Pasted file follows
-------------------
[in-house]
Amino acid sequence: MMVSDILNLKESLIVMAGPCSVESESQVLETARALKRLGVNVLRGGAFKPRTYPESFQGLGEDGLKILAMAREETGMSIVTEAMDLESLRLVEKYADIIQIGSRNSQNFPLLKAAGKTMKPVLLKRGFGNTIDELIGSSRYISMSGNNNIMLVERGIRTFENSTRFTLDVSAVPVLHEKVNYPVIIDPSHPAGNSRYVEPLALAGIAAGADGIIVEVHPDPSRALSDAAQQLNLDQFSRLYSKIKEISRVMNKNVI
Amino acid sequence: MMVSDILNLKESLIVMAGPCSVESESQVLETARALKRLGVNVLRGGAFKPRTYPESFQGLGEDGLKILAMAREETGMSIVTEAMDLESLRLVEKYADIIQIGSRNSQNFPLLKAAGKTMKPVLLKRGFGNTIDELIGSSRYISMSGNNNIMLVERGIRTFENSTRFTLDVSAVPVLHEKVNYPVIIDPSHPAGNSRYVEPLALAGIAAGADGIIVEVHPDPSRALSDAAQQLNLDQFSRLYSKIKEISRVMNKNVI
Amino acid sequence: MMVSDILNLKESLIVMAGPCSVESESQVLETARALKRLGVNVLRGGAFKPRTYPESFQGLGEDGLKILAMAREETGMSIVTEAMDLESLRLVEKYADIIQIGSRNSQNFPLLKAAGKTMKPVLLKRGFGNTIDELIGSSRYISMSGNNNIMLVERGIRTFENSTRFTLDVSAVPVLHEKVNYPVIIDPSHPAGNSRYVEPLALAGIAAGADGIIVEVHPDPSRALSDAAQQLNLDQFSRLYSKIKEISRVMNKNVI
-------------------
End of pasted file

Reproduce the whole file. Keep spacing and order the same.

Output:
[in-house]
Amino acid sequence: MMVSDILNLKESLIVMAGPCSVESESQVLETARALKRLGVNVLRGGAFKPRTYPESFQGLGEDGLKILAMAREETGMSIVTEAMDLESLRLVEKYADIIQIGSRNSQNFPLLKAAGKTMKPVLLKRGFGNTIDELIGSSRYISMSGNNNIMLVERGIRTFENSTRFTLDVSAVPVLHEKVNYPVIIDPSHPAGNSRYVEPLALAGIAAGADGIIVEVHPDPSRALSDAAQQLNLDQFSRLYSKIKEISRVMNKNVI
Amino acid sequence: MMVSDILNLKESLIVMAGPCSVESESQVLETARALKRLGVNVLRGGAFKPRTYPESFQGLGEDGLKILAMAREETGMSIVTEAMDLESLRLVEKYADIIQIGSRNSQNFPLLKAAGKTMKPVLLKRGFGNTIDELIGSSRYISMSGNNNIMLVERGIRTFENSTRFTLDVSAVPVLHEKVNYPVIIDPSHPAGNSRYVEPLALAGIAAGADGIIVEVHPDPSRALSDAAQQLNLDQFSRLYSKIKEISRVMNKNVI
Amino acid sequence: MMVSDILNLKESLIVMAGPCSVESESQVLETARALKRLGVNVLRGGAFKPRTYPESFQGLGEDGLKILAMAREETGMSIVTEAMDLESLRLVEKYADIIQIGSRNSQNFPLLKAAGKTMKPVLLKRGFGNTIDELIGSSRYISMSGNNNIMLVERGIRTFENSTRFTLDVSAVPVLHEKVNYPVIIDPSHPAGNSRYVEPLALAGIAAGADGIIVEVHPDPSRALSDAAQQLNLDQFSRLYSKIKEISRVMNKNVI